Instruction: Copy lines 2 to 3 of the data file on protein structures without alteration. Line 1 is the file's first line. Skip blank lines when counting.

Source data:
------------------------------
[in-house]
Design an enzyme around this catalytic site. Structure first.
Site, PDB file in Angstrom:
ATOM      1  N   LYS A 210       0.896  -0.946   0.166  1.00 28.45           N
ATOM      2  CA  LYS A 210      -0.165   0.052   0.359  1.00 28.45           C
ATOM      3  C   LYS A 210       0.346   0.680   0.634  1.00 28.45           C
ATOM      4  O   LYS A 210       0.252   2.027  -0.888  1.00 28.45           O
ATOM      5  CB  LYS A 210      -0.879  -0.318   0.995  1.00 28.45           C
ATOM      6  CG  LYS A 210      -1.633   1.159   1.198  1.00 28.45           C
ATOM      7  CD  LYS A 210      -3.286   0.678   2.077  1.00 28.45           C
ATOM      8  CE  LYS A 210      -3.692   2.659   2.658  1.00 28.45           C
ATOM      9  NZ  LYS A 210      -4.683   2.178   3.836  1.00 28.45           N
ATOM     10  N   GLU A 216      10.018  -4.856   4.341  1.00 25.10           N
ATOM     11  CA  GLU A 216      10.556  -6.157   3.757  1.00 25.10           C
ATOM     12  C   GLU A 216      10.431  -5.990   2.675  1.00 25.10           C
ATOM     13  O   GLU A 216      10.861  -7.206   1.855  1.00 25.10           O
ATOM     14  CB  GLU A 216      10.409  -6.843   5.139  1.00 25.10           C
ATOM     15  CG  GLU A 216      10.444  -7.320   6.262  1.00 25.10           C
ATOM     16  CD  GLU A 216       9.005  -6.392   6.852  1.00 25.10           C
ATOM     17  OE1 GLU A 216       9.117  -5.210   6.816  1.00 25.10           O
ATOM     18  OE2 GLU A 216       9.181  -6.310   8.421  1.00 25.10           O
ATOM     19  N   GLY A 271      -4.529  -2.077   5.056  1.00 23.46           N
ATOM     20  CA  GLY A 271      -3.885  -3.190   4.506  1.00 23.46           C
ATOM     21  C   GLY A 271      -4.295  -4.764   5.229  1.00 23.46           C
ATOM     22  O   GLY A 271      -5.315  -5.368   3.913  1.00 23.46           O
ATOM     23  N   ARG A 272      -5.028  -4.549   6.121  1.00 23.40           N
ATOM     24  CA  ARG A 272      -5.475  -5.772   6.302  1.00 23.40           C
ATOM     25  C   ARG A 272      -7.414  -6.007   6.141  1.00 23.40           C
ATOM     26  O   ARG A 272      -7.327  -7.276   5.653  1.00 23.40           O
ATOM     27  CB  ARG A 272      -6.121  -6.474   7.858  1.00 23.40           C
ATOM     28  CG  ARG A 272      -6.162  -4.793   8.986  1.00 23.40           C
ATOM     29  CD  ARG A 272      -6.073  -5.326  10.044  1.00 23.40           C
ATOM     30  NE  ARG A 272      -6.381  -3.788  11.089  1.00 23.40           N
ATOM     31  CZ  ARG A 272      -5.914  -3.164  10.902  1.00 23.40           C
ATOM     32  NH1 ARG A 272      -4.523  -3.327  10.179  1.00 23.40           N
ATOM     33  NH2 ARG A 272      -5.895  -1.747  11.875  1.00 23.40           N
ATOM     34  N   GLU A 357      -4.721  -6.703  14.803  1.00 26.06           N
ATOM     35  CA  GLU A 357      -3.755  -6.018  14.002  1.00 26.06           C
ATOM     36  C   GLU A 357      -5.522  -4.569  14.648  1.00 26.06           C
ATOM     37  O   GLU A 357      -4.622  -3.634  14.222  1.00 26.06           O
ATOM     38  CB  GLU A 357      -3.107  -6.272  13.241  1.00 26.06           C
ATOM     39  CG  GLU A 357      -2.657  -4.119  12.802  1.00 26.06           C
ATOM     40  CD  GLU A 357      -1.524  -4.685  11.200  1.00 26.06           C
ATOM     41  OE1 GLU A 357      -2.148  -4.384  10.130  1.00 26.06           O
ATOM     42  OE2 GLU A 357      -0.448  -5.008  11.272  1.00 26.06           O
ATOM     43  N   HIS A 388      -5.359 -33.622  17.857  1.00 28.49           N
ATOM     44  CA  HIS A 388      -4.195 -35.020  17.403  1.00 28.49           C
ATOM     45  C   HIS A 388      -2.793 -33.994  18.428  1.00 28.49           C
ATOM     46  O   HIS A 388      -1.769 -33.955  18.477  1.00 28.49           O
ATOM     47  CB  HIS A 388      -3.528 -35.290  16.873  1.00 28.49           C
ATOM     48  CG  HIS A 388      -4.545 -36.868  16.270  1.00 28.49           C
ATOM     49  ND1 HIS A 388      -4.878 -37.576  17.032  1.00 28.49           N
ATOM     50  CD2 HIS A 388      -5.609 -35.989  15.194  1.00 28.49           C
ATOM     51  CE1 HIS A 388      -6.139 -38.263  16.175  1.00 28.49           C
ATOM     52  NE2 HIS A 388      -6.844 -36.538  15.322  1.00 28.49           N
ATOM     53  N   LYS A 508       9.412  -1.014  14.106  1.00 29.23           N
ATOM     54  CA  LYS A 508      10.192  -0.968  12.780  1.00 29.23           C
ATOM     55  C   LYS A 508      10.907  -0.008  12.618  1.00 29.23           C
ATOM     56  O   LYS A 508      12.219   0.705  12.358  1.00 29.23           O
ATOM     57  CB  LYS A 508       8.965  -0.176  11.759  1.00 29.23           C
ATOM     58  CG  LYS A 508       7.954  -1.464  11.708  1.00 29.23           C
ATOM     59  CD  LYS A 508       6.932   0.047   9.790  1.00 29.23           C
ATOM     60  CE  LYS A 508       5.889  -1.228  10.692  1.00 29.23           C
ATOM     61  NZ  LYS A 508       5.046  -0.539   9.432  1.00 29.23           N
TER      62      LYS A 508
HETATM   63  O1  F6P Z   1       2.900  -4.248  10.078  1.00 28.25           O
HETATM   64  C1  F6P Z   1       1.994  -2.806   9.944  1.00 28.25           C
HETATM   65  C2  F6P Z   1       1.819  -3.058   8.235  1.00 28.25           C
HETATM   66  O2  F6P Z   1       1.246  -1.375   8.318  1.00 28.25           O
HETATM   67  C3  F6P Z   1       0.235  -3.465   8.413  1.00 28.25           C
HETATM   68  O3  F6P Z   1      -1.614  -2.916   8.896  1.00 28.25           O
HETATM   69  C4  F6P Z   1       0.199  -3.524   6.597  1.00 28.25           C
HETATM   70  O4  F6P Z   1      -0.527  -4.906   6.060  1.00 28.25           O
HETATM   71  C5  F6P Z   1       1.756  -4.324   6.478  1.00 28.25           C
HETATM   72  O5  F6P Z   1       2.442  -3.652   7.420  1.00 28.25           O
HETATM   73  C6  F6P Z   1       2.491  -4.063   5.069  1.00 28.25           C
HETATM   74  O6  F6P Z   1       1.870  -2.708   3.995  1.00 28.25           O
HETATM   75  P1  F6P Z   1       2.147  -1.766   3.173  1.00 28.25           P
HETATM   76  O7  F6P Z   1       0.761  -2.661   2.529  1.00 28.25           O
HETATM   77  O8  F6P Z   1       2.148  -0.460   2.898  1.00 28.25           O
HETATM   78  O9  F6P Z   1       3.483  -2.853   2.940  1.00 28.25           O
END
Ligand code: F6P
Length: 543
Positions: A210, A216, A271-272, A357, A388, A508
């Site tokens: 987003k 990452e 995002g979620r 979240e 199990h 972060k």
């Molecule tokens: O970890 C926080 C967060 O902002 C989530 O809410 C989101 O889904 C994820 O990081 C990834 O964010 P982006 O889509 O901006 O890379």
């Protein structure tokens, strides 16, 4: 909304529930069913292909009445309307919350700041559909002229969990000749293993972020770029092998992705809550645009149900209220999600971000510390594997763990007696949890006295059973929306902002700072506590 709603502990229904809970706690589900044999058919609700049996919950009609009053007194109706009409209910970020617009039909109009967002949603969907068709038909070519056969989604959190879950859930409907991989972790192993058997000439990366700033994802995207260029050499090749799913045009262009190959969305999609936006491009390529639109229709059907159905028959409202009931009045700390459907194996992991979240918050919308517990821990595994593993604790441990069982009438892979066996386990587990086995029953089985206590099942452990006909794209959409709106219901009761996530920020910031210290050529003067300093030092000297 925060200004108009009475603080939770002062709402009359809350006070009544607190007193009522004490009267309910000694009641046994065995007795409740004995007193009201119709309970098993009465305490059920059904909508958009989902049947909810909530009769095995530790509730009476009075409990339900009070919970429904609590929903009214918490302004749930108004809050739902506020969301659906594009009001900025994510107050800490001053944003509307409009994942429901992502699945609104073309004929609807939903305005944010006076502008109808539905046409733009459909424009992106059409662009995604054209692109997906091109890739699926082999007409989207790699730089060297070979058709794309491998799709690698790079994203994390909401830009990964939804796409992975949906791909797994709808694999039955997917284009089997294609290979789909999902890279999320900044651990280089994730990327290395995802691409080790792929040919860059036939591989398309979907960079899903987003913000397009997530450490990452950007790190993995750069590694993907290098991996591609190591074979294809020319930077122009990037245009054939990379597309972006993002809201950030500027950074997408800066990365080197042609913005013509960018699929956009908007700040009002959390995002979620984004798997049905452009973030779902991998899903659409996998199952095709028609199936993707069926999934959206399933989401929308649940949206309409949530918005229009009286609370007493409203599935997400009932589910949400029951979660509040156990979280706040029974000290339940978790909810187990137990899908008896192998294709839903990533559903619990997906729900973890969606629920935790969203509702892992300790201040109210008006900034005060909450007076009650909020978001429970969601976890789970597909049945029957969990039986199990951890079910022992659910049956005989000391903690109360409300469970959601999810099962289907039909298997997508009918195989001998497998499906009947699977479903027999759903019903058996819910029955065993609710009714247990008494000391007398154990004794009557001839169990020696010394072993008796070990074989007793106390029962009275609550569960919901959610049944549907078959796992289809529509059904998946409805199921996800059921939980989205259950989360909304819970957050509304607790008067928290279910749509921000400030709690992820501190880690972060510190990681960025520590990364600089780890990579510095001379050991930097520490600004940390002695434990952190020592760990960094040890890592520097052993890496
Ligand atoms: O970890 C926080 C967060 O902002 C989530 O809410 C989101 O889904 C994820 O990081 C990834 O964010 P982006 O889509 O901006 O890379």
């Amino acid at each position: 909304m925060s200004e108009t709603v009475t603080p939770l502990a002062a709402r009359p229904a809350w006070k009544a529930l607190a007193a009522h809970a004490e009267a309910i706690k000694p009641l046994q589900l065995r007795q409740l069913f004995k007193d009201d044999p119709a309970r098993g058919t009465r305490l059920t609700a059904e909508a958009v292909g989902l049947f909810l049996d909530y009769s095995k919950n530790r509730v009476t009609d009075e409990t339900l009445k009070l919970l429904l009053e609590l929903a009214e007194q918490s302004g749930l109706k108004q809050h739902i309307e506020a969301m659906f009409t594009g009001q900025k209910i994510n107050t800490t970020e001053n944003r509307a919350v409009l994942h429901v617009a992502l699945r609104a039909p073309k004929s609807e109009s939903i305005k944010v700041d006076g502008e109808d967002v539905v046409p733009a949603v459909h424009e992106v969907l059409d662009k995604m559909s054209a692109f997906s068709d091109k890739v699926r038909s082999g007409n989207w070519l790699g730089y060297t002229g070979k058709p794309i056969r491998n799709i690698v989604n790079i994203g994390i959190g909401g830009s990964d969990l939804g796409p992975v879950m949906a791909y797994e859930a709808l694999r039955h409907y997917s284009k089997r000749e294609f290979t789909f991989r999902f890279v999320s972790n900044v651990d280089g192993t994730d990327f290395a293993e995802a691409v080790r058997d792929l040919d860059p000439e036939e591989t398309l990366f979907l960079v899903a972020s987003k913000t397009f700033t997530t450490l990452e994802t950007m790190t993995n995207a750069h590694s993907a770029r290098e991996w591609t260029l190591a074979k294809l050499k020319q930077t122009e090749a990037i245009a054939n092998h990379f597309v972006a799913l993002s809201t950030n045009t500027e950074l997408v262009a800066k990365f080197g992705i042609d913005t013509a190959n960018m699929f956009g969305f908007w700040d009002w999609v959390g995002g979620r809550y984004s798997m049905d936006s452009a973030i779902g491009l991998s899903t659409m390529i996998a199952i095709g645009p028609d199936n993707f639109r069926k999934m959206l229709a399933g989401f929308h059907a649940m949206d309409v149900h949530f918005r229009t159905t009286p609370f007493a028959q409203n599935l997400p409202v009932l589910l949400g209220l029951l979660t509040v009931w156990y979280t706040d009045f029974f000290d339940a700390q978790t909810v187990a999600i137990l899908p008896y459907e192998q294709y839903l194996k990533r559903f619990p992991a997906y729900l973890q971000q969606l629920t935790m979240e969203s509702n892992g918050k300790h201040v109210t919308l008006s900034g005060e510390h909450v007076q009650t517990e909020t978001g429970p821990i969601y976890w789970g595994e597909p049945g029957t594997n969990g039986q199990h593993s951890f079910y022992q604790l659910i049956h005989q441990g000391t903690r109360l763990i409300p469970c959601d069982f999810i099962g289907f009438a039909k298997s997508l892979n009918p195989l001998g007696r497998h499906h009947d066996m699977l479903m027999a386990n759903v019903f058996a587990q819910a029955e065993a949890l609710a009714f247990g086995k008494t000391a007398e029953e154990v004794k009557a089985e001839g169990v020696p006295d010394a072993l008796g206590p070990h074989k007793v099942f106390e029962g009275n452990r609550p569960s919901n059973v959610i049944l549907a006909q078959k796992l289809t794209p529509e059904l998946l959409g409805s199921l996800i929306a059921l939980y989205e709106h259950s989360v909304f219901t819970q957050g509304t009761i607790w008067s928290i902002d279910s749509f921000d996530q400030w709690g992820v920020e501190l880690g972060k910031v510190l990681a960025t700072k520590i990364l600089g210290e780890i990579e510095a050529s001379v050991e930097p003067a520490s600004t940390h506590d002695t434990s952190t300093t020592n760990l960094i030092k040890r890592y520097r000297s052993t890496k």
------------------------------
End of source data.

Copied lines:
Design an enzyme around this catalytic site. Structure first.
Site, PDB file in Angstrom: